The Tankless water heater has replaced water heaters with tanks for many good reasons. One primary advantage is the instant hot water supply as soon as the water heater is turned on. Other advantages include a longer life span of tankless heaters, time and energy efficiency, and low monthly cost. Proper installation and quality maintenance will increase the lifespan of the tankless heaters.
However, like other electrical appliances, your tankless water heater can get broken regardless of the quality of maintenance. The faster you can detect when your heater is broken, the sooner you can repair the damages and the longer the lifespan. Here are signs that your tankless water heater is broken.
No hot water supply
This is the most obvious sign that your tankless water heater is broken. Your water heater may also produce lukewarm water or alternate between hot and cold water supply. This can be due to a blocked heat exchanger or vent. Sedimentation of hard water particles or other chemicals from the water supply on vital parts of the water heater may also cause no hot water supply when the heater is turned on. Too much hot water demand at the same time will put undue pressure on the water heater and cause no hot water or lukewarm water. The gas supply to the water heater may also be turned off or may have developed issues. If you notice your water heater stopped producing hot water, check if your gas supply is turned on and turn it on if not. Call in a professional to service and fix your water heater if it produces cold water or lukewarm water when turned on.
Too hot water
Just as your water heater producing cold water or lukewarm water indicates it is broken, a water temperature that is too hot also indicates a problem. Water temperature that is too hot is often due to a broken thermostat of your tankless water heater. Check the temperature of the thermostat and adjust if needed. A professional electrician should be called in to repair or replace a broken thermostat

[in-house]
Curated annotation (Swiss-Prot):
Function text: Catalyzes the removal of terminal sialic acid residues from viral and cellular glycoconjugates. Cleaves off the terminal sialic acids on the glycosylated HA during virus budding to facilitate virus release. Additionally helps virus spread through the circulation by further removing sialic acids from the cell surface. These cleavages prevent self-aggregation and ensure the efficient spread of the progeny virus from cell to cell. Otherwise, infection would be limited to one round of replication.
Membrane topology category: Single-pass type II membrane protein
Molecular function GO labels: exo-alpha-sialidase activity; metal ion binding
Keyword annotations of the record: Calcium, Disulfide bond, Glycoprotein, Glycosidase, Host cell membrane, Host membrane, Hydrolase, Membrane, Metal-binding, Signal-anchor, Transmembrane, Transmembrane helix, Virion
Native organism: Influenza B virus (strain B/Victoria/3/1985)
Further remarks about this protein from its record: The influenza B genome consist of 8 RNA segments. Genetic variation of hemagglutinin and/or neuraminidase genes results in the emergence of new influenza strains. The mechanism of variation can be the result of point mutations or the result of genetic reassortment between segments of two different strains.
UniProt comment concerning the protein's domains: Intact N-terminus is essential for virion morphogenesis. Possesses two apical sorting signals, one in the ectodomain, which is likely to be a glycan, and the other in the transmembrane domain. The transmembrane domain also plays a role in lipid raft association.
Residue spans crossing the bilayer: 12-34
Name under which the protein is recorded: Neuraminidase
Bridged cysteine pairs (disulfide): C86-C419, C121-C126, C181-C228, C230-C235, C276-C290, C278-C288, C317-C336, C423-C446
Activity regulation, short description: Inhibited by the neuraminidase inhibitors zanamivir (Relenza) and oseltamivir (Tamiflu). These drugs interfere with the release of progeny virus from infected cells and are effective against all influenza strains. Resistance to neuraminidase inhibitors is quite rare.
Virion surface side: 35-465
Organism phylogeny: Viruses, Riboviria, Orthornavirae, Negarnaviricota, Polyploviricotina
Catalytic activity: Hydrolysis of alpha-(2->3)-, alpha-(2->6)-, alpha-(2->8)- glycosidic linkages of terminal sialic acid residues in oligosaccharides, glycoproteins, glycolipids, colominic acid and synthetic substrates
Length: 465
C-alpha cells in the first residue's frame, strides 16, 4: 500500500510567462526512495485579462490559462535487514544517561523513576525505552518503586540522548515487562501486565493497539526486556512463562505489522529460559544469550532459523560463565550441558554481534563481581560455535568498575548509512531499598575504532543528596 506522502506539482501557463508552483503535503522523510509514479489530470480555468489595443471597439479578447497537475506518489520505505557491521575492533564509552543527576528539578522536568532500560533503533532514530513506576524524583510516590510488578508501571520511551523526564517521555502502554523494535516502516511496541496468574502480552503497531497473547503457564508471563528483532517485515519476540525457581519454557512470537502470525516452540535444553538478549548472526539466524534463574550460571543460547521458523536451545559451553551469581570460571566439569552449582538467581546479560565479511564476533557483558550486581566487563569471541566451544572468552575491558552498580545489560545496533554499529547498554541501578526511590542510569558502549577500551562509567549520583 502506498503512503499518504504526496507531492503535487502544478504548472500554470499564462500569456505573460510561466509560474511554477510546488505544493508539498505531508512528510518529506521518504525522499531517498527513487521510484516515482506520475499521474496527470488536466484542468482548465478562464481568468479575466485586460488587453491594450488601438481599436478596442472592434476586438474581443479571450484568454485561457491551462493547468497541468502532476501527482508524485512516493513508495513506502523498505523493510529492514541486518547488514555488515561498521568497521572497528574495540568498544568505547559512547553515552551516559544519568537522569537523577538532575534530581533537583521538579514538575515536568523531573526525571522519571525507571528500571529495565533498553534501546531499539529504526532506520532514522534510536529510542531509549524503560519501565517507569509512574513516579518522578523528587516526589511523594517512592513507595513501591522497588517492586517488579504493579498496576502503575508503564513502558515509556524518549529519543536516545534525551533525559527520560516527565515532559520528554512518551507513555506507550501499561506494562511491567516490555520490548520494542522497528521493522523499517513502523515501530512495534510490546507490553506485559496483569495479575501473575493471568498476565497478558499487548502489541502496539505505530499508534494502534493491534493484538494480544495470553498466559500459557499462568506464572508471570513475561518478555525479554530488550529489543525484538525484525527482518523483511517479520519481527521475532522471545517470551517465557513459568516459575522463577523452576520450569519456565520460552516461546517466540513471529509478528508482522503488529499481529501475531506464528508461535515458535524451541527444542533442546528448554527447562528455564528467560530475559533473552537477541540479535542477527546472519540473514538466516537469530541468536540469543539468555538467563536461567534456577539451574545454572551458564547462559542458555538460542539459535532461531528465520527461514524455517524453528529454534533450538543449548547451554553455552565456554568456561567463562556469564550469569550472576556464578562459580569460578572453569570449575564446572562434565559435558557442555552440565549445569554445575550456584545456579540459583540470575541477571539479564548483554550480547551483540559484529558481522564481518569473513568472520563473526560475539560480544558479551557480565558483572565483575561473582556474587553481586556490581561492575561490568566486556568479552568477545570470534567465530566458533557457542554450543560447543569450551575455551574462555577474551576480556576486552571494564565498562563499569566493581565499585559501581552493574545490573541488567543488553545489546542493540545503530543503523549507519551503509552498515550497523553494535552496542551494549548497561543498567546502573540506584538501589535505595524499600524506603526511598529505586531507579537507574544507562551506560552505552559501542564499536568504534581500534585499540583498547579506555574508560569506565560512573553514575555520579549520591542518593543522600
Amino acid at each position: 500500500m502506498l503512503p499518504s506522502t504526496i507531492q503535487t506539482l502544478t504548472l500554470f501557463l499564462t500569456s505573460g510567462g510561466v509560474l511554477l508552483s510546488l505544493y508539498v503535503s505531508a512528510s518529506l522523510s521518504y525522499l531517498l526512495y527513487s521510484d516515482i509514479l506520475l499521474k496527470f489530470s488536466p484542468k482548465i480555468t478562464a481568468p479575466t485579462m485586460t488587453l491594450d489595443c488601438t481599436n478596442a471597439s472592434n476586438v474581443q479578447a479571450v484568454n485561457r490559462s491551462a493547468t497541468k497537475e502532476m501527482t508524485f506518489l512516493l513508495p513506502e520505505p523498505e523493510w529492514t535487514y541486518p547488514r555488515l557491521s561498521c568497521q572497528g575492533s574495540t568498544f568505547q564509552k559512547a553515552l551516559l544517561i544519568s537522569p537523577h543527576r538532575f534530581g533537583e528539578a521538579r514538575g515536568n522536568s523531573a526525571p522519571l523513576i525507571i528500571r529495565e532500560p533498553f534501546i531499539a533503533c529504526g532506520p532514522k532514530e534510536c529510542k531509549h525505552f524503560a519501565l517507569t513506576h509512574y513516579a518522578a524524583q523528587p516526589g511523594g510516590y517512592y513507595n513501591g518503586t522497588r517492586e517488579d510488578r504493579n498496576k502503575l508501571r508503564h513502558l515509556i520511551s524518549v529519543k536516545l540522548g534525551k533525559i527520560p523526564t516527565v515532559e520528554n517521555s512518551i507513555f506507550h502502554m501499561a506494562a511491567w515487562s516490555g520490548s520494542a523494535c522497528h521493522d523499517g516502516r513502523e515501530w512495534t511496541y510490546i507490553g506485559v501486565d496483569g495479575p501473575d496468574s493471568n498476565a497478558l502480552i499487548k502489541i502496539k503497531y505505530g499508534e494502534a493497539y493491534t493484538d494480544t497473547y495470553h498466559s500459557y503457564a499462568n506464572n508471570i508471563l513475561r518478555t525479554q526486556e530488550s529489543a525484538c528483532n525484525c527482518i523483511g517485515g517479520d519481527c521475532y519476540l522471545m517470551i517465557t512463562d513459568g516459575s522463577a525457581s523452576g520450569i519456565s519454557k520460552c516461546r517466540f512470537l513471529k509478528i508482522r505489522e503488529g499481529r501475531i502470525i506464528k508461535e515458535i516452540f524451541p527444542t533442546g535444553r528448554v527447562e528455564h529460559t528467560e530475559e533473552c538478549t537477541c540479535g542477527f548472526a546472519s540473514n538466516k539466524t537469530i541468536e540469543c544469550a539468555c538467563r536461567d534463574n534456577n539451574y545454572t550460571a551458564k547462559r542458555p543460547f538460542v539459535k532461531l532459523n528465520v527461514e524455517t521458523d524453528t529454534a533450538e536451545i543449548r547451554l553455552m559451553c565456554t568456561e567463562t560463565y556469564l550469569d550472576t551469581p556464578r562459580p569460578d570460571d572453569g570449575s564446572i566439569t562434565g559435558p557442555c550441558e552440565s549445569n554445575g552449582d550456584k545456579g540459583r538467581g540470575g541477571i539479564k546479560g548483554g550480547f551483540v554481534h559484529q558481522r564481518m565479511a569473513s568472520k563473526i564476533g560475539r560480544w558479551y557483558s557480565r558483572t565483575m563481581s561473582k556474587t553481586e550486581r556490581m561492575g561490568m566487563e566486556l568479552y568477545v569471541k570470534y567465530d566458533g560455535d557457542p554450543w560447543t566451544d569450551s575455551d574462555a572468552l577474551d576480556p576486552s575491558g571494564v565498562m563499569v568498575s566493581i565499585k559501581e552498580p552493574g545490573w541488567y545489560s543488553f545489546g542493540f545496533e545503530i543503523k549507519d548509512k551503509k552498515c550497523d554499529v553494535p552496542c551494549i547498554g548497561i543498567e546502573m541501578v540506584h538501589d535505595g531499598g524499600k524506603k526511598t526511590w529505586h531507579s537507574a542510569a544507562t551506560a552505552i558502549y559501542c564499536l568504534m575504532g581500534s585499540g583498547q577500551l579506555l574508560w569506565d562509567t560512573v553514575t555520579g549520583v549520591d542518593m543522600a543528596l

Your heater makes strange noises when turned on
Whether it is a gurgling, hissing, groaning, or bubbling sound, if it is odd, it indicates that your tankless water heater is broken. These strange noises may be intermittent or continuous, and they may be heard during the first few moments when your heater is turned on. Strange noises from your tankless water heater indicate an underlying problem that needs urgent fixing. These noises can also be combined with other signs. If your heater makes any strange noise, perform a simple water heater troubleshooting by turning it off and back on. If the noises persist, call your plumber to look it over.
Reduced water pressure
Your tankless water heater transfers boiling water through the heat exchanger into the water supply to faucets in your home. Clogging of the heat exchanger and hot water outlets can cause a reduction in the water pressure. Hard water supply to the water heater is the main reason for clogging. The obstruction must be cleared and the source of clogging removed to fix the heater. A technician should be contacted to remove the obstructions. Installation of water softener will also prevent future clogging.
Even though a tankless water heater has no direct storage of hot water, there can still be problems with leakage. Leakage is usually seen in the heat exchanger with puddles of water at the base of your tankless water heater. A reduction in the pressure of the water may also indicate severe leakage. Leakage in the heat exchanger will cause corrosion of metal surfaces. When leakage is noticed, it is crucial to call for urgent repair as severe corrosion may lead to electrical shock and total replacement of the tankless water heater.
Discoloration and bad odor water
Another sign your tankless water is broken and needs repair is discolored water. If brown, yellow, or tints of red discoloration are noticed in water from faucets when your tankless water heater is turned on, it indicates rust in the water heater, heat exchanger, or pipes carrying water to and from the water heater. Foul-smelling water also indicates rust, bacteria, or fungi accumulation in your water heater. In this case, the anode rod in the water heater may need to be replaced. A professional plumber is needed to fix the anode rod.
Calling in the services of a professional plumber, technician, or electrician as soon as these signs are noticed will increase the chance of easy repair and lengthen the life span of your tankless water heater.